- It all depends on the boat. Somebody pays great, and somebody pays the little things. Depends on the management company. Someone beats off a year's salary in six months, and someone works seven days a week for 11 months and earns 1500 euros a month. Everything is different.
As Rachel confesses (and other bosses agree), 1,500 a month is not serious money, but many crew members find themselves at a disadvantage because of their nationality. While the average monthly amount is €2400/€2800, many owners try to undercut this amount by discriminating against people on the basis of their nationality.
«EUR 1500 is the salary of a junior sailor on a lousy yacht. The real figure on a normal boat is from €2400/€2800. And in general, the average yachting chief receives from about 4 thousand euros».
Q: Tell me about how your day goes. How long does it take to cook? How much free time does it take to cook?
- I get up, usually at six in the morning. 15 minutes before the start of the day, I take my eyes off the phone and get up. Then I work until the break, around 3:00. That's when you can take a shower, take a nap or go online. And then there's work. After dinner, we're all cleaned up, and at 10 p.m., we're off. However, it's different everywhere - we only lie down at 2 a.m.
Q: How much time do celebrities usually spend on board? And what do you do when they're gone?
- That's a good question! A lot of people (including guests) think that when they're not on board, we all rest. Of course we don't. A yacht is a bottomless pit for burning money.
You can go crazy calculating the cost of maintaining it! The lacquering, carpets, tenders... it's true that everything in the galley is quiet; we use this time to clean the kitchen, refrigerators, storerooms.
Guests can stay on the boat as long as they want - from 50 weeks a year (these people live on board, it sounds terrible!) to one or two weeks. Mostly guests are on a boat from 4 to 8 weeks.
A bachelor's life
Q: How hard is it to maintain a relationship with a job like this? Who would you call your best friends?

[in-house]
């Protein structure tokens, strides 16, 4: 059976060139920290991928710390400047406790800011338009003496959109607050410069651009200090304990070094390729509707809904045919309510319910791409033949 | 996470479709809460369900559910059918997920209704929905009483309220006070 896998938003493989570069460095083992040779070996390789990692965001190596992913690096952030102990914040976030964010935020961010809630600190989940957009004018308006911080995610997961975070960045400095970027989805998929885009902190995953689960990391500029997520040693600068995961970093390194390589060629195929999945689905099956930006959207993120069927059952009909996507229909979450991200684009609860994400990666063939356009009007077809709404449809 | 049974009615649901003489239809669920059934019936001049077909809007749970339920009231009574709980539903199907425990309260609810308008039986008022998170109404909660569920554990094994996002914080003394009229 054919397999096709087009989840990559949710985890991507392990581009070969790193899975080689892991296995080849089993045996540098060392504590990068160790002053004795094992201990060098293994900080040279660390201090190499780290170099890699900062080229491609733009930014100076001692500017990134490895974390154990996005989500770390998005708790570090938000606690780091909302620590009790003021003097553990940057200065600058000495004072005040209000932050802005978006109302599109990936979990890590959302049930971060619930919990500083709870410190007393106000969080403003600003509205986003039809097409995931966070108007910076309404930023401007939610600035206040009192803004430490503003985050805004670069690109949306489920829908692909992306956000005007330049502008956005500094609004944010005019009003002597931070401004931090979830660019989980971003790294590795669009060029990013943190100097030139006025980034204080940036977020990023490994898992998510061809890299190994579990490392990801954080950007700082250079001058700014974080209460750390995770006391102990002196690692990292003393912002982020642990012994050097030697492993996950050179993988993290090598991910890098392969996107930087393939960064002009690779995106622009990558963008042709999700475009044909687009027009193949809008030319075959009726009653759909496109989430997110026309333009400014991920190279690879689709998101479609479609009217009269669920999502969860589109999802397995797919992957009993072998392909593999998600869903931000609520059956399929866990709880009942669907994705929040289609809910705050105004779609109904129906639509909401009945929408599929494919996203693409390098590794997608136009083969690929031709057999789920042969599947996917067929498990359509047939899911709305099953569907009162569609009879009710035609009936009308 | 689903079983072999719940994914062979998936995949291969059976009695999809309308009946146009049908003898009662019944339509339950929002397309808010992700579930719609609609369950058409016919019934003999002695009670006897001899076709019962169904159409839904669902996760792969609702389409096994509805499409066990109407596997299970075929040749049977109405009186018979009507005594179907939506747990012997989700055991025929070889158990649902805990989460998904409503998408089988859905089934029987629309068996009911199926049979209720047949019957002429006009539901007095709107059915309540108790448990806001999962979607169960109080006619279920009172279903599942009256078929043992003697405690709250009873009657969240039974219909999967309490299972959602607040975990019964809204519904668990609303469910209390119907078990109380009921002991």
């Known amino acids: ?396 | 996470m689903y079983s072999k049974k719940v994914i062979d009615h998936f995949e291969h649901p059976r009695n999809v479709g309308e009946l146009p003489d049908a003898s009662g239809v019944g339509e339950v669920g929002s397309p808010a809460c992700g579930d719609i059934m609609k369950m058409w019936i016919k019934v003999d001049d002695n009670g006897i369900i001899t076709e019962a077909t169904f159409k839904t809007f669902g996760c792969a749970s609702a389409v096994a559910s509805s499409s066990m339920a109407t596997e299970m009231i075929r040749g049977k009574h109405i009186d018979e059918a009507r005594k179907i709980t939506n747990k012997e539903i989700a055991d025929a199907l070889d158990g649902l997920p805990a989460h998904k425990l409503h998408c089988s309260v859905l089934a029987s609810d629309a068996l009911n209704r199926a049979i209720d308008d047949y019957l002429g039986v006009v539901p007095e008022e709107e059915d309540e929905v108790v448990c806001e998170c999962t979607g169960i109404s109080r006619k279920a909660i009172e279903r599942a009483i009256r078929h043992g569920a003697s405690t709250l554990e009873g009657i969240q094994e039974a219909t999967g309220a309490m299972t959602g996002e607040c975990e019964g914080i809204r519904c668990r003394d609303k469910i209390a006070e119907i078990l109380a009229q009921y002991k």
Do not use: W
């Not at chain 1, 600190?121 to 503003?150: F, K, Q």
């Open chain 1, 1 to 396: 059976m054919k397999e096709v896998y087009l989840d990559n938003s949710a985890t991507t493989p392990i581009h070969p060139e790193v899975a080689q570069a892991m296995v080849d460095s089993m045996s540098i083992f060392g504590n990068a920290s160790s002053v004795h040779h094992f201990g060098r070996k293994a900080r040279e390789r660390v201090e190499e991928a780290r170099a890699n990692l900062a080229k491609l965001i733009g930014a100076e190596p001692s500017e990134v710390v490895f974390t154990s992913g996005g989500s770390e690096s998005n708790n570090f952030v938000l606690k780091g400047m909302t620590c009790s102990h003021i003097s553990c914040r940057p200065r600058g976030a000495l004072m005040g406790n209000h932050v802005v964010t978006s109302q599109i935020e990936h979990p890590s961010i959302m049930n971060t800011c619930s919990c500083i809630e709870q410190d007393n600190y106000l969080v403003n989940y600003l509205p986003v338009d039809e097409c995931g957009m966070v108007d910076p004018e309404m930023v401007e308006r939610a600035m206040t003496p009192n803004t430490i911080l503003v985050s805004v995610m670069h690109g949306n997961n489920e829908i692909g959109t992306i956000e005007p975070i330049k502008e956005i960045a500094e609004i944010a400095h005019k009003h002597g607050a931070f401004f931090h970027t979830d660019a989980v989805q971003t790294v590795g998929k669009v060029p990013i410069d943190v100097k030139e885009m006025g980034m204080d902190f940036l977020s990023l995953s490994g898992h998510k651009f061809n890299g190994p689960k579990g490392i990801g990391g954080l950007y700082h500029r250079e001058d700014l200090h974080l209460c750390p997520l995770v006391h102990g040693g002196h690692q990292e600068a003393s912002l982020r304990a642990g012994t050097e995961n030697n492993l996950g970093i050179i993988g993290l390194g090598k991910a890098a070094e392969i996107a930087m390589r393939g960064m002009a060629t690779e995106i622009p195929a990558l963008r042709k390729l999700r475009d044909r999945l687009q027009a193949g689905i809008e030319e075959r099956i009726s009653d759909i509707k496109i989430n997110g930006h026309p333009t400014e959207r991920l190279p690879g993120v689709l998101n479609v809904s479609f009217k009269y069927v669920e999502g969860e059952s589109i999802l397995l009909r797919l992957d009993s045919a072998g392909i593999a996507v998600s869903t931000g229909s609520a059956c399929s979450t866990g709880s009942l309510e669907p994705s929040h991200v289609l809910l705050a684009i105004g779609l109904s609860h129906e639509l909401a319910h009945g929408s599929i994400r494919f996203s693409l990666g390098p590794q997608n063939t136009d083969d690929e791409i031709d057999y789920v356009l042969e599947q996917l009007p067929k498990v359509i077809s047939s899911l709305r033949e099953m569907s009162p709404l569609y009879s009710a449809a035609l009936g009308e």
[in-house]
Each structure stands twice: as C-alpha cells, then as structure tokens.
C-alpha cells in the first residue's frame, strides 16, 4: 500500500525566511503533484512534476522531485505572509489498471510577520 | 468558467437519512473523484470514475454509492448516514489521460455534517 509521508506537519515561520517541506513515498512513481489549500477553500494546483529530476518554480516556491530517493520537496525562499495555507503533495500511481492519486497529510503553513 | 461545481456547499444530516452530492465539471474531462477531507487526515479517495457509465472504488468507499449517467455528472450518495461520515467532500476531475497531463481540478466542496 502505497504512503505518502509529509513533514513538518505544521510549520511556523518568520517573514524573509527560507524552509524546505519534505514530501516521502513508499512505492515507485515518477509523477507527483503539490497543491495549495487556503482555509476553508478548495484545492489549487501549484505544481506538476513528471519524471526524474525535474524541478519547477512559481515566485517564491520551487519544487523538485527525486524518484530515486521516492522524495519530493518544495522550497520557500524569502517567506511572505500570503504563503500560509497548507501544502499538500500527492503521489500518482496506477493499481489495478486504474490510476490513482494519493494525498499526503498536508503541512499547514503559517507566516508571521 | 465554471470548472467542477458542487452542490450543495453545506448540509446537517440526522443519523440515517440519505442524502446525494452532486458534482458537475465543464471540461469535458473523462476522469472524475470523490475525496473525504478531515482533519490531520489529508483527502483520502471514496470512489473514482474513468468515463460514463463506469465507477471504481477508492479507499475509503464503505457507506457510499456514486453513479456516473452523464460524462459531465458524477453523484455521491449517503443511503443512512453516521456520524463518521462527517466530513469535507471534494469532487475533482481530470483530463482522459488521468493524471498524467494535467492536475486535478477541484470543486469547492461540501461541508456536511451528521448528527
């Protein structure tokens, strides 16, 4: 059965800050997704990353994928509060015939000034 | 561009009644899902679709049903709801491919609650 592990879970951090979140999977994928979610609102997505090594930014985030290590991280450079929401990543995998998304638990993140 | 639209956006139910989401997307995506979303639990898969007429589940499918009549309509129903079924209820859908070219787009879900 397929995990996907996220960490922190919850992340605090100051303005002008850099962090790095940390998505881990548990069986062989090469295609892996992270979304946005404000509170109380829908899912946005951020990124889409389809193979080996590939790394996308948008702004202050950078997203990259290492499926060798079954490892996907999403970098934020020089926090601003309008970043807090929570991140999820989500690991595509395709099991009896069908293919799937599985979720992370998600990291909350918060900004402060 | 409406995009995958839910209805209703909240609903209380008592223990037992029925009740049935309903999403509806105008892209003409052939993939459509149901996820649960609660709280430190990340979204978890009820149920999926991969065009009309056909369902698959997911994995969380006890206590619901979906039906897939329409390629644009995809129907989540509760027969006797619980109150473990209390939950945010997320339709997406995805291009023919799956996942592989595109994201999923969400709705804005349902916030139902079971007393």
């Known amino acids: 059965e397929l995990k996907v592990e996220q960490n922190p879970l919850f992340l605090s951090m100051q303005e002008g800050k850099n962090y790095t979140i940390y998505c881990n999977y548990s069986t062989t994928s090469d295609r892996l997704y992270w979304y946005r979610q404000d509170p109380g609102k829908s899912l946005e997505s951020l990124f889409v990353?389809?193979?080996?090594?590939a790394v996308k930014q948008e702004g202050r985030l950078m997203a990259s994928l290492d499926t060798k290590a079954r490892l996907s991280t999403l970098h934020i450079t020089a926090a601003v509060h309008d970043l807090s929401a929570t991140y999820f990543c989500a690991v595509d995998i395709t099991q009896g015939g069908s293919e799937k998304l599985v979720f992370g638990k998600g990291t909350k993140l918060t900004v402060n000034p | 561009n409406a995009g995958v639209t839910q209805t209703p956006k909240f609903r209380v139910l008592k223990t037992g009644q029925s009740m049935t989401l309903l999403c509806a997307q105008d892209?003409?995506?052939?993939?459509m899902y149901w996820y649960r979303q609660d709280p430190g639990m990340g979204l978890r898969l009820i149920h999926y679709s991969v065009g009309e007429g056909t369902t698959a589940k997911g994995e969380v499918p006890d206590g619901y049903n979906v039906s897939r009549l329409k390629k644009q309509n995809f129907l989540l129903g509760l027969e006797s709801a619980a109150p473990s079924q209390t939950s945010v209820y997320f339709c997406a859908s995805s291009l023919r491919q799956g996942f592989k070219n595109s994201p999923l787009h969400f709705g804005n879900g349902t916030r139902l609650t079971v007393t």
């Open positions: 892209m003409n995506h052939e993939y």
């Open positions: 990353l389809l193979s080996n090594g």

- Relationships? It's not even negotiable. I've given up all hope of finding someone a long time ago.
My best friends are the people I knew before I started working on boats. There are some colleagues, of course, but there is an old but very true joke: «Let's be friends until one of us quits or is fired». When you say goodbye to the boat, you say goodbye to your comrades.
The industry has set me up with a lot of people, but they're all working in the sweat of their faces now.
Q: How often do service romances happen?
- Very often. As long as we're on the high seas, there's nothing else left. We spend many weeks only in each other's company. Of course, reality shows like «Below Deck» exaggerate a lot, but there's a lot of truth. Short-term affairs happen a lot, but there are also relationships for many years. I know people who are now married and living a normal life.
Q: About your personal life. Are you satisfied with it - especially with your age?
- Personal life - what is it anyway? It's a complete failure in that respect.
Men my age can't settle down, and everyone else just can't understand what I do. I tell them: «I work»and they tell me: «Okay, but you're free after work/weekend?» I say: «What? No, I work Monday to Sunday, no weekends!»
It's a life beyond their understanding.
Q: How often does it happen that an owner or a distinguished guest falls in love with a crew member?
- It's all fantastic. It only happens in Hollywood movies.
- How often do the owners invite you all to relax together? Or is contact kept to a minimum?
- It all depends on the guests.
The smaller the boat, the more «normal» the guests.